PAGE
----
Sheep and beef farmers to feel the brunt of COVID uncertainty with exports set to decline

  • 21/10/2020
Uncertainty in the export market is set to be reflected in farm-gate prices.
Uncertainty in the export market is set to be reflected in farm-gate prices. Photo credit: Getty

Sheep and beef farmers are set to feel the brunt of the COVID-19 pandemic in the 2020/21 season, with meat exports forecast to drop sharply.

The average farm profit before tax for sheep and beef farms across the country is predicted to fall 26 percent to an average $115,100, Beef + Lamb New Zealand (B+LNZ) said in its latest new season outlook report.

The dire prediction comes as uncertainty in the export market due to coronavirus is set to be reflected in farm-gate prices.

"This outlook sets the scene for a challenging year," said Andrew Burtt, B+LNZ's chief economist.

"Farmers will tightly control expenditure and focus on what can be optimised behind the farm gate to make the most of the season and be best placed for the next."

The report forecast lamb export earnings to decline almost 15 percent and sheepmeat co-products to fall by around 8 percent compared to the 2019/20 season.

Beef and veal export revenue is forecast to decline by 9 percent on last season.

"Much of the predicted profit decline is a result of COVID-19, the drought of 2020 impacting production and increasing competitiveness in key beef export markets," said Burtt.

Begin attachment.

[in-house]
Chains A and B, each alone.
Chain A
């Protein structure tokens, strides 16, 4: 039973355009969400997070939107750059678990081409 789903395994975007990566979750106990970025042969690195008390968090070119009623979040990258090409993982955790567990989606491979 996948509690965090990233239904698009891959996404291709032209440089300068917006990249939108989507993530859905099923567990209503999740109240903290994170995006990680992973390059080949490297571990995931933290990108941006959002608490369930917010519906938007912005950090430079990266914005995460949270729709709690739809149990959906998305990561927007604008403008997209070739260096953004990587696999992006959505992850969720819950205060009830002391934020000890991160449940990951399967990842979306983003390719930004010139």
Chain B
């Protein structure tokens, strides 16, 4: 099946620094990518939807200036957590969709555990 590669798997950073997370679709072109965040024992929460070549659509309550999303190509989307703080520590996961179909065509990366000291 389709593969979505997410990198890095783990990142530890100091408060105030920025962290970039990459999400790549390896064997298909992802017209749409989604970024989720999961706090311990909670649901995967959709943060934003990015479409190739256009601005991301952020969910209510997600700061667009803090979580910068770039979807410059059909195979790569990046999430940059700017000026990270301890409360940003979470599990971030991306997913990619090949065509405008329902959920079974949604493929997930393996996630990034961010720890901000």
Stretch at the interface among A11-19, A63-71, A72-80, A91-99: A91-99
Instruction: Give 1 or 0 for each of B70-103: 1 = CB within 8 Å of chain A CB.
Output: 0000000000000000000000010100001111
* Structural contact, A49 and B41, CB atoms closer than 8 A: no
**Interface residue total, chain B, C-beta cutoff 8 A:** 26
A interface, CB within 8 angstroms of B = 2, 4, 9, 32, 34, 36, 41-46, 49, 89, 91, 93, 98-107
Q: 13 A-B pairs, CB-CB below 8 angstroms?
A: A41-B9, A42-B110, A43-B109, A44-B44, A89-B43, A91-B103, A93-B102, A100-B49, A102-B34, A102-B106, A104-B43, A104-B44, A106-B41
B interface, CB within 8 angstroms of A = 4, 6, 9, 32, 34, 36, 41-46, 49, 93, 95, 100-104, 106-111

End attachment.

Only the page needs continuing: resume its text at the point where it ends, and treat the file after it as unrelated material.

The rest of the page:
The report noted: "steep declines are being recorded in all major economies, excluding China, unemployment is soaring, consumer spending has slumped and the purchasing power of New Zealand markets has been restricted".

But despite the global uncertainty, said Burtt, there was "solid underlying market fundamentals that will continue to support demand from New Zealand sheepmeat and beef exports".

"Average export values are expected to be supported by the positive market fundamentals, and are forecast at similar levels, or slightly above, five-year averages.

"China's demand for meat protein continues to be fuelled by pork shortages that have resulted from African Swine Fever, and there is growing demand for high quality, nutritionally rich proteins. A shifting consumer preference towards food safety will also support demand for New Zealand sheepmeat and beef."

Jeremy Baker, L+BNZ's chief insights officer, said the global uncertainty reinforced the need for stable and predictable domestic regulation to avoid putting further pressure on the red meat sector.

"Despite the challenges, red meat exports are predicted to be greater than $9 billion and will represent more than 17 percent of New Zealand’s total export receipts," he said.

The report also noted the impact of uncertainty relating to trade relations, such as between the US and China, and Brexit negotiations.